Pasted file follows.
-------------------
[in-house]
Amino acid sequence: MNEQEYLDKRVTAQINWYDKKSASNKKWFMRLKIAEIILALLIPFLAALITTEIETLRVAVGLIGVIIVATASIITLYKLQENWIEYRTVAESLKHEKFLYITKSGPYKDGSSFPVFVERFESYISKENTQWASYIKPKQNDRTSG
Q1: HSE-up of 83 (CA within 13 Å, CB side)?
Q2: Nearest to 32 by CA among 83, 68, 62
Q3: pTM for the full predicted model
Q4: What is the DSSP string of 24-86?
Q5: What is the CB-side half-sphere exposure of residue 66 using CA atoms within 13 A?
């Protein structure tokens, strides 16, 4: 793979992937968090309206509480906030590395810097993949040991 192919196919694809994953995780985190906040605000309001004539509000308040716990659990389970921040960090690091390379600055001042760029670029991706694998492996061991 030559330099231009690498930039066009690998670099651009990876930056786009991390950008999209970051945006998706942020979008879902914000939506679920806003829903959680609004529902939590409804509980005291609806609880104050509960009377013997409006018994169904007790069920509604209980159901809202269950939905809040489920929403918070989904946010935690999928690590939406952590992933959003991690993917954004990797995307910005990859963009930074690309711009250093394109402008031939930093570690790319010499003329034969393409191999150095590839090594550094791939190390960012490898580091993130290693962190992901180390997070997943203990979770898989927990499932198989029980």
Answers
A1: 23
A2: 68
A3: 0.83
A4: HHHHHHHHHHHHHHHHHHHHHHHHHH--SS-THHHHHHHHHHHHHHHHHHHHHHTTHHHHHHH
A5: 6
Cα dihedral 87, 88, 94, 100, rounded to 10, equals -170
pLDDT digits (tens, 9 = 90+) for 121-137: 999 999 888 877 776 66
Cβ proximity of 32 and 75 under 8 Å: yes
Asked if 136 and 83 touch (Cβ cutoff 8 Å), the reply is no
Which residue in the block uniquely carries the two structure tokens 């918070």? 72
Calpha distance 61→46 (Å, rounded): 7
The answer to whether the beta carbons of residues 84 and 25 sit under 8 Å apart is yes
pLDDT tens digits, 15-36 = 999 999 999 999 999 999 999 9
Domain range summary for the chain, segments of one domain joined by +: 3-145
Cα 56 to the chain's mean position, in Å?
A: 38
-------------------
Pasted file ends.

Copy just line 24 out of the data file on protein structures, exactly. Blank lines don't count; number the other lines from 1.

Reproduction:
Cα 56 to the chain's mean position, in Å?